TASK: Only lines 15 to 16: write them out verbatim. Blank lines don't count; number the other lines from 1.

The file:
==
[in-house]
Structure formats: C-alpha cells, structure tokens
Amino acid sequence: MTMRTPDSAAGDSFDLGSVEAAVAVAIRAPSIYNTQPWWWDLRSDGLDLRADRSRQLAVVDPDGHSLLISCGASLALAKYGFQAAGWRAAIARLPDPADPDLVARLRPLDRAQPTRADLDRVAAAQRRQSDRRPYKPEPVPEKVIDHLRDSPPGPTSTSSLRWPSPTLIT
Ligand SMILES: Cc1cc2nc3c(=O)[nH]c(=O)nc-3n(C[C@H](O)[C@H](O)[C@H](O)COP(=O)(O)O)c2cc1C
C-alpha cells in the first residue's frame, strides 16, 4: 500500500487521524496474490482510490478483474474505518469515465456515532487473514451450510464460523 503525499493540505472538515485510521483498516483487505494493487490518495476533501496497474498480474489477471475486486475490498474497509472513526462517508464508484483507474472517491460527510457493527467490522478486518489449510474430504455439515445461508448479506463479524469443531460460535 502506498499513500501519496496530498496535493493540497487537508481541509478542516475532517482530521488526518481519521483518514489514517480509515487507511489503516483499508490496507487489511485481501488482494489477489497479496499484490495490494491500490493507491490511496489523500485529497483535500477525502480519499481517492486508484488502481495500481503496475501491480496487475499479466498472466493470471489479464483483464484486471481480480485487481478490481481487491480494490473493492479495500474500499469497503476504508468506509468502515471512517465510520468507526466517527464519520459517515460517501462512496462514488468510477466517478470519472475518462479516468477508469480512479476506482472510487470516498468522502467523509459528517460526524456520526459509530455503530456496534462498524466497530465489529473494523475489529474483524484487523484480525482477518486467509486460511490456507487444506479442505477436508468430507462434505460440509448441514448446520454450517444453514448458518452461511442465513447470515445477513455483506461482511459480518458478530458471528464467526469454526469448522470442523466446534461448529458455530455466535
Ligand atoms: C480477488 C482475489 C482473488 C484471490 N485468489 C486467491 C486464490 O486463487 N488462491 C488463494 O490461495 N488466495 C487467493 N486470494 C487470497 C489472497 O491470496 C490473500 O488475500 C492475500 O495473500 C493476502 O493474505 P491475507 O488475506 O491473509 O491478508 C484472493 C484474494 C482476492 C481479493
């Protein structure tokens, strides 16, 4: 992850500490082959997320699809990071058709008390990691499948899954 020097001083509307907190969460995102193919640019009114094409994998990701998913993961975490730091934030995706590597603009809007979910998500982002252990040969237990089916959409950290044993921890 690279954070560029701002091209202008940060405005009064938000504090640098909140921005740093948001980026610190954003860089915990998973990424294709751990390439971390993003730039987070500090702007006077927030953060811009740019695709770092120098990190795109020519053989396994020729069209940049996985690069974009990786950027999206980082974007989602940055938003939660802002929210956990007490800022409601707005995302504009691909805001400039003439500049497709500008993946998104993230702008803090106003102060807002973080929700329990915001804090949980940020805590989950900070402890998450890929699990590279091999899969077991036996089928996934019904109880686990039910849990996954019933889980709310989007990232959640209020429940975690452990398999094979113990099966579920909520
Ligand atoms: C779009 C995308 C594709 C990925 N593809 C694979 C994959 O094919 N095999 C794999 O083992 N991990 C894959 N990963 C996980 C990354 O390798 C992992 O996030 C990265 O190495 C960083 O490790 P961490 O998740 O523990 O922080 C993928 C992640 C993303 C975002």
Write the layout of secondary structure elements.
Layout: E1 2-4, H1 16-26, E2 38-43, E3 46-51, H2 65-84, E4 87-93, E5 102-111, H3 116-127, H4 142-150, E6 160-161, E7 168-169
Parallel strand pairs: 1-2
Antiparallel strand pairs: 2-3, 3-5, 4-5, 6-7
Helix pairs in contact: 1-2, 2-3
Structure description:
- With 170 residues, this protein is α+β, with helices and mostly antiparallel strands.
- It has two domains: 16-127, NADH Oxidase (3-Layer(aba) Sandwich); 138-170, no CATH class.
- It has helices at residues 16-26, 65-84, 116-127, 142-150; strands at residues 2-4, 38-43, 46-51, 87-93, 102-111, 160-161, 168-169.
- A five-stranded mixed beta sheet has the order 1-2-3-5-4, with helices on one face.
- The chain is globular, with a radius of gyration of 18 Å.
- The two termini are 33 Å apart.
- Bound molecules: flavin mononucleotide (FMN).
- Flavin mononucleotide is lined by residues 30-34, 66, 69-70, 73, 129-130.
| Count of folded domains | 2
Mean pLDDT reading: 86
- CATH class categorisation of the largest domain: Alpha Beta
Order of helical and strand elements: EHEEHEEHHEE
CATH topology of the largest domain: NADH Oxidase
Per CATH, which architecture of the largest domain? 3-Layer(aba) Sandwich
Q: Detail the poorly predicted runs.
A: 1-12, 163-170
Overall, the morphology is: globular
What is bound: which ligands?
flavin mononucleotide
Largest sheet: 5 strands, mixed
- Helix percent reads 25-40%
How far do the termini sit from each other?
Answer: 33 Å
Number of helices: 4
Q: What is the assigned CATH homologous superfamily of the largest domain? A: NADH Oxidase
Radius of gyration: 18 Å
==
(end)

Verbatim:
- With 170 residues, this protein is α+β, with helices and mostly antiparallel strands.
- It has two domains: 16-127, NADH Oxidase (3-Layer(aba) Sandwich); 138-170, no CATH class.